NORTH FORSYTH — The man in whose mobile home in north Forsyth 30 dogs were rescued from what were described as deplorable conditions has been arrested in connection with the incident.
Billy Ray Shirley, 59, was charged with 30 counts of animal cruelty by the Forsyth County Sheriff’s animal control unit for keeping the dogs inside the single-wide trailer on Franklin Goldmine Road, according to Deputy Epifanio Rodriguez, a spokesman for the agency.
Shirley was released from the hospital about 6 p.m. Tuesday and was taken to the Forsyth County Jail, where he is being held on a $34,650 bond.
The charges stemmed from a call the sheriff’s office received Feb. 3 from an area hospital, whose staff was concerned about remarks Shirley made.
Shirley had arrived at the hospital “with complaints of stomach pains. Staff documented that he was covered in feces,” according to an incident report.
The hospital staff who called the sheriff’s office said there were “even dead cockroaches stuck in the feces.”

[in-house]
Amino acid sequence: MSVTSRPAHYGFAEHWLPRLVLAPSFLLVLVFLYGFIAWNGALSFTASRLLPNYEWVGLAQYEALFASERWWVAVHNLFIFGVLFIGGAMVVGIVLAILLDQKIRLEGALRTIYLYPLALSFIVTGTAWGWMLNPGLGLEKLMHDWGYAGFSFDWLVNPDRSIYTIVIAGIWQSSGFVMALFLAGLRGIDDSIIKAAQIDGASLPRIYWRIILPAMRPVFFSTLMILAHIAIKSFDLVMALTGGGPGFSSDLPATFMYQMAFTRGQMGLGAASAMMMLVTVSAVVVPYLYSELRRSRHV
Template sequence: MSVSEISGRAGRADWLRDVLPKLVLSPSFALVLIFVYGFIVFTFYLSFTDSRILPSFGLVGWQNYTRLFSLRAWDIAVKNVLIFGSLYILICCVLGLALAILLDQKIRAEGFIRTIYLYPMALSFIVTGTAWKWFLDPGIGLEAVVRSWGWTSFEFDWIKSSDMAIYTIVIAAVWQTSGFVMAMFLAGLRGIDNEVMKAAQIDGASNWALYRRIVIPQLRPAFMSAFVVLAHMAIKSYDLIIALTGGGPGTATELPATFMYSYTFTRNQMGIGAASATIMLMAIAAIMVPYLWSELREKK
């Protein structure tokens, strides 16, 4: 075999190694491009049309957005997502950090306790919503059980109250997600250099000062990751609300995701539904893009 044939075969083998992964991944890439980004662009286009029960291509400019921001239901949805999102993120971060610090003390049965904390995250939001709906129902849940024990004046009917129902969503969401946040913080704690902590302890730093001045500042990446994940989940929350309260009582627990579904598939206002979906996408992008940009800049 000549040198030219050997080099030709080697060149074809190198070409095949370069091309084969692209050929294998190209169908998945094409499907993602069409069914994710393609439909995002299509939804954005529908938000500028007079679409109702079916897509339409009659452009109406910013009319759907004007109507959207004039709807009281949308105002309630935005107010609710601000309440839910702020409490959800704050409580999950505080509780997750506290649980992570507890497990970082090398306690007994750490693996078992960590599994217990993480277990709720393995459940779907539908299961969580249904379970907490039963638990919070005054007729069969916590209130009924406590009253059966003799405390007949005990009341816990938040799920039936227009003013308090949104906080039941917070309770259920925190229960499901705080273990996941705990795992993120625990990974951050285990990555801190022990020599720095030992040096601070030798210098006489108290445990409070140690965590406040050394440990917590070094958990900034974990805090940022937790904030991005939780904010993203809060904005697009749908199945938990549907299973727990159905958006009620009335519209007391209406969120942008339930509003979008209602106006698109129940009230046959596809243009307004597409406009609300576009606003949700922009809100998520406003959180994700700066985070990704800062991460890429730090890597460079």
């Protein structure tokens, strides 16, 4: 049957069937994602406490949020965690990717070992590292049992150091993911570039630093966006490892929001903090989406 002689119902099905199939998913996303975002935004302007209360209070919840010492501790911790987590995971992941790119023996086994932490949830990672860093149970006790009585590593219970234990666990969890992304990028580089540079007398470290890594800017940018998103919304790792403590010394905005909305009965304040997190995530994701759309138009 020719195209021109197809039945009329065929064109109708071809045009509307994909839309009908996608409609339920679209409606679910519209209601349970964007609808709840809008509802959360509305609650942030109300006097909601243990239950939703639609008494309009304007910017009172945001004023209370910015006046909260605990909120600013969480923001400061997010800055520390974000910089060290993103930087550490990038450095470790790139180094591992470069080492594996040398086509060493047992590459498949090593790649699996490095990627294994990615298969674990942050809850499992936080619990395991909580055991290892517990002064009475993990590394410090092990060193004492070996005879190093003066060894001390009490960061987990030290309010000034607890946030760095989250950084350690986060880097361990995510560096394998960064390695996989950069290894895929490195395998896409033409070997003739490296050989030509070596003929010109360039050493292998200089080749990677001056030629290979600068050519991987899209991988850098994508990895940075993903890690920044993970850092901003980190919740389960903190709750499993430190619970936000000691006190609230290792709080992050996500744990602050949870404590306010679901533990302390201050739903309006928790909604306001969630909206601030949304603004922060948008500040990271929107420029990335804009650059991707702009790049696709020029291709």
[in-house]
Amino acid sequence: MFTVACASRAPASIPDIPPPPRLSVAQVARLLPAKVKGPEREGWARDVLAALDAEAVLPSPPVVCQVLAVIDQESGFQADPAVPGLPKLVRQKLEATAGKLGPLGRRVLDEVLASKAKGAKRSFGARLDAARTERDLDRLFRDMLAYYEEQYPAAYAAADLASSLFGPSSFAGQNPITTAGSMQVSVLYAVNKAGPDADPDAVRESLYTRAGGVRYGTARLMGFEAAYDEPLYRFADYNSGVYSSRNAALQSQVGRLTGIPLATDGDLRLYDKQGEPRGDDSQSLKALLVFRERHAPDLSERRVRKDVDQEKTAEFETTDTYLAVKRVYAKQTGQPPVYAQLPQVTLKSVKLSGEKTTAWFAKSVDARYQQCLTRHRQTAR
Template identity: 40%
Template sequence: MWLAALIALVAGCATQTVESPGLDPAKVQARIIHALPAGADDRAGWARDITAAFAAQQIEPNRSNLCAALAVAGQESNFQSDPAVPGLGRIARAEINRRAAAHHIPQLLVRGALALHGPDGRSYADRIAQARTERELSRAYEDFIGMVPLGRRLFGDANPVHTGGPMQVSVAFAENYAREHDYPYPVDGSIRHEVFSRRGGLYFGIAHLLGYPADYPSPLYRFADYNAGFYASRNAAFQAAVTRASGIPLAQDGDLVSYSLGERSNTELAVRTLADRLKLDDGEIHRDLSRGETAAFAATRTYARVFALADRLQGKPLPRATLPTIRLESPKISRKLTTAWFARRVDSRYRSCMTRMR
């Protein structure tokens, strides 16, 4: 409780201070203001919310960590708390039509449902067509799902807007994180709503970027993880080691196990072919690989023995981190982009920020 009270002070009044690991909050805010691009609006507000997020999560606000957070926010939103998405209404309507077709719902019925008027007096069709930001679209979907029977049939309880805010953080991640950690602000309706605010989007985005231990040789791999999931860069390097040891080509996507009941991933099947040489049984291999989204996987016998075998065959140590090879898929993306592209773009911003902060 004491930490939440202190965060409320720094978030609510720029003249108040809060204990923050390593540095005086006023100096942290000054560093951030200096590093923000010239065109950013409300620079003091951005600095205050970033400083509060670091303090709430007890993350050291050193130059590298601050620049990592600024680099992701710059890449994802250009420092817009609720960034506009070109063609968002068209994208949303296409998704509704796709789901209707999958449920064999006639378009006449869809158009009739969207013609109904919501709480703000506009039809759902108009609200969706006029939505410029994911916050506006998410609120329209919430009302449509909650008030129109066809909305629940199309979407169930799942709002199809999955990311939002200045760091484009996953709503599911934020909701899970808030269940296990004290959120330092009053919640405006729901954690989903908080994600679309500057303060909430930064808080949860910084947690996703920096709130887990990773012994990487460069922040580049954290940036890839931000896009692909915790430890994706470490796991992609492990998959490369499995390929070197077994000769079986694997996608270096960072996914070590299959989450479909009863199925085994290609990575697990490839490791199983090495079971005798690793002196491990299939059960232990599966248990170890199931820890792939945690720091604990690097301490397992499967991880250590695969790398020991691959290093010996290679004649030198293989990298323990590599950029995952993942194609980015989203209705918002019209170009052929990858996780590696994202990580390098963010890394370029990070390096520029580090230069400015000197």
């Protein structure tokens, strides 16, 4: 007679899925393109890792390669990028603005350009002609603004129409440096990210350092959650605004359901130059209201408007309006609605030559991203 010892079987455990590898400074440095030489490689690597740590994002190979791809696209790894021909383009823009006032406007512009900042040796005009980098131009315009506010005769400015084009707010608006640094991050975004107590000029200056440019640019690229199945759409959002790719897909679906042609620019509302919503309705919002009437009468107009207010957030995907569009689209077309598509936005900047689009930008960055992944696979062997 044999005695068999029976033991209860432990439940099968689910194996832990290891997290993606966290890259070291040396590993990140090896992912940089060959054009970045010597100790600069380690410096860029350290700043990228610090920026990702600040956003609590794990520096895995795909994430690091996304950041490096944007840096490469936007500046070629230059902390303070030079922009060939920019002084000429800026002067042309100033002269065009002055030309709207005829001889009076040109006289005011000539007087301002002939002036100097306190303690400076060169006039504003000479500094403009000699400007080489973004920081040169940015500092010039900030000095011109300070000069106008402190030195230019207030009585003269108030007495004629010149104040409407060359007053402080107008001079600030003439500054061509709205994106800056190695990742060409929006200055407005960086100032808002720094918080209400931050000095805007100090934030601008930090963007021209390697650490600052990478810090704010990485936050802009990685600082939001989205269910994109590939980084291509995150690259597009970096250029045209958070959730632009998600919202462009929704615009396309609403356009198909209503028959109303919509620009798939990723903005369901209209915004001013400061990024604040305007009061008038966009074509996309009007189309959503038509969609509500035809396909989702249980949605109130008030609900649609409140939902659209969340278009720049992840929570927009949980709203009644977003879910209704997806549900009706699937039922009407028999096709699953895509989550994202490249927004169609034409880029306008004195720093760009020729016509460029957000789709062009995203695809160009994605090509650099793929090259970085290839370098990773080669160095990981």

Shirley apparently explained he had more than 20 dogs in his home — though he was unsure exactly how many — and wanted to “find new homes for them.”
The only two dogs he asked to keep were Blue, whom he said was his first dog and the mother of the rest, and Little Man.
He said his backyard was missing a gate, so he could not let them out.
Executing a search warrant at the home, deputies initially found 27 Jack Russell terriers, one of which was dead. About 10-12 thought to be 5 weeks old were found on a bed.
“There was feces everywhere,” Rodriguez said of the home. “You could tell they were urinating inside.”
Trash, broken furniture and feces could be seen in the yard and inside then home, according to the report.
Three more dogs were found the next day during a second search.
“The conditions were so deplorable and cluttered, and with all the cracks and crevices, they very simply could have been hiding,” Rodriguez said.
They are not yet up for adoption, he said.
“It’s up to us to take it before a judge who will determine if he is capable of taking care of these dogs,” Rodriguez said. “He can relinquish them himself. But if not then, it’s a matter of the court.”
He said Shirley does not appear to have a prior history of animal cruelty with the sheriff’s office.
The surviving dogs were taken to the county animal shelter in north Forsyth where, at last check, they were being treated and were in overall good condition.